For attracting foreign direct investment, the committee proposed provision of incentives to foreign investor for 5 years after his undertaking of investment in Pakistan, resolution of IPPs issues, reviewing cash flow problems confronting investors so that foreign firms can get credit facilities to expand their projects. For home remittances the committee proposed to hasten the process of delivery of all remittances to the recipient's door step.

As in the last meeting of the cabinet the Prime Minister expressed his concern over the absence of any visible indicators towards a pick-up in investment activity and export growth. He wanted concrete suggestions from his ministers for a jump-start in economic revival. He also expressed his dismay over the existing slump in the process of privatization of state-owned enterprises and advised the Privatization Commission to take innovative steps including holding of seminars for attracting buyers for disinvestment of public enterprises.

The Prime Minister's concern over the economy's continued lack of response to the government's measures such as incentives to the private sector for industrial investment, is quite understandable. It appears that potential investors, both foreign and local, remain hesitant, their confidence has been shaken badly by the freezing of foreign currency accounts. This has also given way to the belief by investors that the government's promises on vital economic issues could not be relied upon. If seen in this context, a slowdown in the process of privatization also appears to be the result of the private sector's extremely cautious outlook.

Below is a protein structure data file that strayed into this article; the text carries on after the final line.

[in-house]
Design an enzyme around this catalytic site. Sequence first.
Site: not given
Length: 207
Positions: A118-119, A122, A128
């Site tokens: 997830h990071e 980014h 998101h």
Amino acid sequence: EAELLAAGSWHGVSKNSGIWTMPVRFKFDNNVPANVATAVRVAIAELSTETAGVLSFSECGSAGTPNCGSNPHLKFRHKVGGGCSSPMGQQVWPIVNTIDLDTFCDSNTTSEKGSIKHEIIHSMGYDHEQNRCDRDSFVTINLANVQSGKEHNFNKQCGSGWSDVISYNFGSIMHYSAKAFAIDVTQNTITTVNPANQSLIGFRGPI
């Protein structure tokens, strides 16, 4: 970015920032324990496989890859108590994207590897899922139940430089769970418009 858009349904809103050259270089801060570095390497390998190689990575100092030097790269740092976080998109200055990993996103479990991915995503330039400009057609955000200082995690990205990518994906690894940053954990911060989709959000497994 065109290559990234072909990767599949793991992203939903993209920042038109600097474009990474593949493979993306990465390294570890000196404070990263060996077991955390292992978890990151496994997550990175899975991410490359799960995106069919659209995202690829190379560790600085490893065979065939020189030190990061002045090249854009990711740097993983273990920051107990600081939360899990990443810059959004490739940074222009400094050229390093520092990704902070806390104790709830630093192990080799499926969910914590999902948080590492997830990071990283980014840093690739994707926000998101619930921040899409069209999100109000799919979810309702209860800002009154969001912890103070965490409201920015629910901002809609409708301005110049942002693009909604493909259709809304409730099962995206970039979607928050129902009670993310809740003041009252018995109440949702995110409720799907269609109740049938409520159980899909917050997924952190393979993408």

Since the PML(N) government came to power its promise of reviving the economy and recovering the looted money of the banks and the stolen wealth of the country appears to have been shelved. Initially a period of three months was specified to reinvigorate the economy and put it back on a course of growth and expansion and for that purpose six or seven reform and incentive packages were worked out and announced by the Prime Minister in quick succession. The period of expected economic revival was later extended to six months, then to a year and then to 18 months. However, 32 months later, the economy hardly shows any signs of revival the recession is intensifying, both making it clear that the supposed life-infusing packages have failed to work.